Cynthia Ozick, grande dame of Jewish letters, has some issues with critics. And our critic, David L. Ulin, takes issue with some of her criticisms.
“Ben-Hur” has been on the silver screen before, but Ezra Glinter explains that the new version starring Jack Huston might do the best job of showing what life might have been like during the time of Jesus.5
One of the unexpected pleasures of recent years has been the second coming of the South African-born British novelist and playwright Deborah Levy.
After a Kafka-esque process, the Israeli Supreme Court ruled that papers belonging to Franz Kafka should come to Israel.
Unlike T.S. Eliot, Ezra Pound, Wallace Stevens and William Carlos Williams, poet Marianne Moore had an affinity for the Jewish people. Editor Linda Leavell reflects upon Moore’s decided lack of anti-semitism.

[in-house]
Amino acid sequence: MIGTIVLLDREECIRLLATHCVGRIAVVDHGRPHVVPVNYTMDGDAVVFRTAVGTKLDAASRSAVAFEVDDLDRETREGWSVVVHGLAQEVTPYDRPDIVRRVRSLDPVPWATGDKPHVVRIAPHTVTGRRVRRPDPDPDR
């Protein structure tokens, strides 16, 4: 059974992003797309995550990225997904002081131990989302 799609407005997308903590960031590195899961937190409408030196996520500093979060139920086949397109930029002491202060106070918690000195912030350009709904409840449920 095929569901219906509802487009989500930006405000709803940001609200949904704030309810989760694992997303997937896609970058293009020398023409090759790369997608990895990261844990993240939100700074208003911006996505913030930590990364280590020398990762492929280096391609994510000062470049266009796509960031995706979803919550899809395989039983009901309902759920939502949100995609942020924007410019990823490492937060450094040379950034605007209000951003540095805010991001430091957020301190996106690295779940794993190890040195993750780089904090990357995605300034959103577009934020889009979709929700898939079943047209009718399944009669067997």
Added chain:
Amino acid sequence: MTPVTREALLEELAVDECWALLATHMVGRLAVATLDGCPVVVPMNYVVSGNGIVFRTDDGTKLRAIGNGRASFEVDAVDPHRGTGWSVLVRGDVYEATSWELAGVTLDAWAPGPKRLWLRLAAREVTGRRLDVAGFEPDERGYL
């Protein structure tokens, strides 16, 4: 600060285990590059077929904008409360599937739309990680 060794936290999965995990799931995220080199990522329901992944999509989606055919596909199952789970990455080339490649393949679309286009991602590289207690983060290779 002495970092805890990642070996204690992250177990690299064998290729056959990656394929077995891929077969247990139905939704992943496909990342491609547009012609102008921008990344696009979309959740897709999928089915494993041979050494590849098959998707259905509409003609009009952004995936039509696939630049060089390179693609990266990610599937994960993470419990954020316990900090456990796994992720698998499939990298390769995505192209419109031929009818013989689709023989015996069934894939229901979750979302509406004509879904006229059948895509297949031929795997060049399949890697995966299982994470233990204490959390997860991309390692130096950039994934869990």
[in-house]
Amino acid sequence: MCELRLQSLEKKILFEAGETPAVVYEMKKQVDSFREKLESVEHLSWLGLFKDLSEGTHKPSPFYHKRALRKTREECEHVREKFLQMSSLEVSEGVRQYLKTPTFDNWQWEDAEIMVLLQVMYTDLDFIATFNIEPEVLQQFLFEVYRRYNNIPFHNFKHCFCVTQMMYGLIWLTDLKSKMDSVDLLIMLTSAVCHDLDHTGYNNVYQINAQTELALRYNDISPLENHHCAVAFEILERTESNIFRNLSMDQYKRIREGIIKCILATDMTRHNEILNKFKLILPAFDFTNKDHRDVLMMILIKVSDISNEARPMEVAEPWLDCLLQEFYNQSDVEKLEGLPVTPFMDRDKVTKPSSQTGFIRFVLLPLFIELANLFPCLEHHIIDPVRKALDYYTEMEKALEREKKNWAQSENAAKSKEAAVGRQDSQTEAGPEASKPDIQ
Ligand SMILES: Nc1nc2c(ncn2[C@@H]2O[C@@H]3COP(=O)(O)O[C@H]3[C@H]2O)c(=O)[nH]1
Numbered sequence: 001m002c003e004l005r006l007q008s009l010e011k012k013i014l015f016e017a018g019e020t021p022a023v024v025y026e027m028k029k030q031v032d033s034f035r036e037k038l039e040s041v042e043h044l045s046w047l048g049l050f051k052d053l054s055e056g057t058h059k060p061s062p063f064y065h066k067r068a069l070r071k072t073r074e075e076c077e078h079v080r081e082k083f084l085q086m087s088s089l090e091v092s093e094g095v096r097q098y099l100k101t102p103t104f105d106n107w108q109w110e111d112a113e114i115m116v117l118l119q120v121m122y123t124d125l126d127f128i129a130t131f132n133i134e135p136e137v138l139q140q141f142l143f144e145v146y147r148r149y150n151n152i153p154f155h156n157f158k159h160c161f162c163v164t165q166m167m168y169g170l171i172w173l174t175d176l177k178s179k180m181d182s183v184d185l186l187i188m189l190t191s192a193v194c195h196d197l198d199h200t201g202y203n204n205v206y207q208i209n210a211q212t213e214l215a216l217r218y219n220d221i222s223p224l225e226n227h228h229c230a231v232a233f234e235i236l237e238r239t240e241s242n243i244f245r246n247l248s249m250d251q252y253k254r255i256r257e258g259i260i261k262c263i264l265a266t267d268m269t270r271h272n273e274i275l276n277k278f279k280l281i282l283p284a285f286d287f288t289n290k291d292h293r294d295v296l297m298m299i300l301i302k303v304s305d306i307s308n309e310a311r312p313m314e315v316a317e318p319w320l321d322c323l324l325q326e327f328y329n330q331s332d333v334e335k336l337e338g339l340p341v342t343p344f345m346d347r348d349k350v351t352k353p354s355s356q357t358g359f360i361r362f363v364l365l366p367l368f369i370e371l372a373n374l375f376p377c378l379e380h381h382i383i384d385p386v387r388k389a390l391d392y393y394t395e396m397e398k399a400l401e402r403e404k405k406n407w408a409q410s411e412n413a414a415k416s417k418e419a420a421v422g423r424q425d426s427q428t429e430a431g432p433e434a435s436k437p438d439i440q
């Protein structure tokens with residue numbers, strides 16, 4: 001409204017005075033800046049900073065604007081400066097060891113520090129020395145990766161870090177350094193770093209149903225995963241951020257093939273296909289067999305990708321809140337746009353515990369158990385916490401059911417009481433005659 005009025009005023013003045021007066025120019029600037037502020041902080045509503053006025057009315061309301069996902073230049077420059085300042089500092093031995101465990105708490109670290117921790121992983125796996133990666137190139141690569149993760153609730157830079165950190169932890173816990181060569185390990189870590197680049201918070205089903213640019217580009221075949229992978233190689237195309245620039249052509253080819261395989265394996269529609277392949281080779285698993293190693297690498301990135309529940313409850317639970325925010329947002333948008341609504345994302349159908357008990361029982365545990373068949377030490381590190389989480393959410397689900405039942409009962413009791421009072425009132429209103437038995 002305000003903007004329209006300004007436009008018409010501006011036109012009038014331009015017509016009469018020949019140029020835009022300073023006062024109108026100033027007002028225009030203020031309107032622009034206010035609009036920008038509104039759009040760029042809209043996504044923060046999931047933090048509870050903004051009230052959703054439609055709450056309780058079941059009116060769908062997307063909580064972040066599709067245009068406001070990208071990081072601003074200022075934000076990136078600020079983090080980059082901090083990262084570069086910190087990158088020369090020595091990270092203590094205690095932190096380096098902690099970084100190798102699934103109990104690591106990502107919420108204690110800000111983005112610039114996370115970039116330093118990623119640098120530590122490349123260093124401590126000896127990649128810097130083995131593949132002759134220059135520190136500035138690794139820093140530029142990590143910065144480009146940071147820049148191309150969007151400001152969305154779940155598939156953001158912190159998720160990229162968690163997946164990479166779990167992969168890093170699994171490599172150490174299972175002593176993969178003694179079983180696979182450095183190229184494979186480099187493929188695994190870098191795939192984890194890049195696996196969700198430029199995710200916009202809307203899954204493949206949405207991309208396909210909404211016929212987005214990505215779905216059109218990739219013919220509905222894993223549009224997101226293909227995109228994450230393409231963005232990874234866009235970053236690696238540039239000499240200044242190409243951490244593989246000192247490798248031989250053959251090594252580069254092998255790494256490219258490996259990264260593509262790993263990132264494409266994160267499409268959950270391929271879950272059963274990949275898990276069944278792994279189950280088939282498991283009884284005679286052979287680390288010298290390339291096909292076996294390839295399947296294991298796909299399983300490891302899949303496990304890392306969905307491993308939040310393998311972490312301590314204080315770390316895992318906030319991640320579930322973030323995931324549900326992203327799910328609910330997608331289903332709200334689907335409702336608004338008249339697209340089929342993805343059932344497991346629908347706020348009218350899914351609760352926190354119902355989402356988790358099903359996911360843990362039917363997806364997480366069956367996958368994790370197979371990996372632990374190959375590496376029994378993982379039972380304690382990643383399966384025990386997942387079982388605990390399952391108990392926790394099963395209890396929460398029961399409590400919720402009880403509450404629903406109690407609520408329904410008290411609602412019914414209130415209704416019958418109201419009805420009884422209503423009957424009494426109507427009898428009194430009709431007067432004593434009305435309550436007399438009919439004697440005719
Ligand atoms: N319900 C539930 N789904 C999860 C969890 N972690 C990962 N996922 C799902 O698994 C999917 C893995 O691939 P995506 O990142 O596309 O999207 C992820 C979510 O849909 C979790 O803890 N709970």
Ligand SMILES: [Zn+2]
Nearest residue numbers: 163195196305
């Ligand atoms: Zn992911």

Helen Gurley Brown, editor of Cosmo and author of “Sex and the Single Girl” is the subject of Gerry Hirshey’s new biography “Not Pretty Enough,” which considers her Jewishness and her feminism.
Contrary to popular opinion, in WWII, Adolf Hitler could be influenced by public pressure — at least that’s what’s argued in Nathan Stoltzfus’s “Hitler’s Compromises: Coercion and Consensus in Nazi Germany.”
Justice Ruth Bader Ginsburg brought humor and drama to a production of “Merchant of Venice” set in the Venetian ghetto. Would that the same were true of the production itself, says critic A.J. Goldmann.3
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